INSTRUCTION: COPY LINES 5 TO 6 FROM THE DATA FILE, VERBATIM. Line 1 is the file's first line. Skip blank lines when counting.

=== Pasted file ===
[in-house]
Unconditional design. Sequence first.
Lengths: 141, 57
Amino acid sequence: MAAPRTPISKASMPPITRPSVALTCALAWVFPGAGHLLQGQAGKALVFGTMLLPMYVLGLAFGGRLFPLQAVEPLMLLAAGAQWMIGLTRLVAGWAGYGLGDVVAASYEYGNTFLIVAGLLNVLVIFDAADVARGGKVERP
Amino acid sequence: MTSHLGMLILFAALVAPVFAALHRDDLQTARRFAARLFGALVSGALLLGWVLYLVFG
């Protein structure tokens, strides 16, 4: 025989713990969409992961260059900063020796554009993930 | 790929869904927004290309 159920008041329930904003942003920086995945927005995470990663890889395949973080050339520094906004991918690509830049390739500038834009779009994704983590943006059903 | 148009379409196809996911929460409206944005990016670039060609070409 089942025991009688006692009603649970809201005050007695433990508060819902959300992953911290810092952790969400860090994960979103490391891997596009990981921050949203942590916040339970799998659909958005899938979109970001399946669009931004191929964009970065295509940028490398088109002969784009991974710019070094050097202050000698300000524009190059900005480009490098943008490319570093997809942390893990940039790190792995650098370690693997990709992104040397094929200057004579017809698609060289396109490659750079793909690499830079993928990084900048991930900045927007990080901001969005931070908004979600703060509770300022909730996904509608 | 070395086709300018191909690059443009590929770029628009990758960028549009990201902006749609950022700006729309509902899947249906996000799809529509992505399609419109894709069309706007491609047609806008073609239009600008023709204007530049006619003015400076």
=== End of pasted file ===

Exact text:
Amino acid sequence: MTSHLGMLILFAALVAPVFAALHRDDLQTARRFAARLFGALVSGALLLGWVLYLVFG
């Protein structure tokens, strides 16, 4: 025989713990969409992961260059900063020796554009993930 | 790929869904927004290309 159920008041329930904003942003920086995945927005995470990663890889395949973080050339520094906004991918690509830049390739500038834009779009994704983590943006059903 | 148009379409196809996911929460409206944005990016670039060609070409 089942025991009688006692009603649970809201005050007695433990508060819902959300992953911290810092952790969400860090994960979103490391891997596009990981921050949203942590916040339970799998659909958005899938979109970001399946669009931004191929964009970065295509940028490398088109002969784009991974710019070094050097202050000698300000524009190059900005480009490098943008490319570093997809942390893990940039790190792995650098370690693997990709992104040397094929200057004579017809698609060289396109490659750079793909690499830079993928990084900048991930900045927007990080901001969005931070908004979600703060509770300022909730996904509608 | 070395086709300018191909690059443009590929770029628009990758960028549009990201902006749609950022700006729309509902899947249906996000799809529509992505399609419109894709069309706007491609047609806008073609239009600008023709204007530049006619003015400076």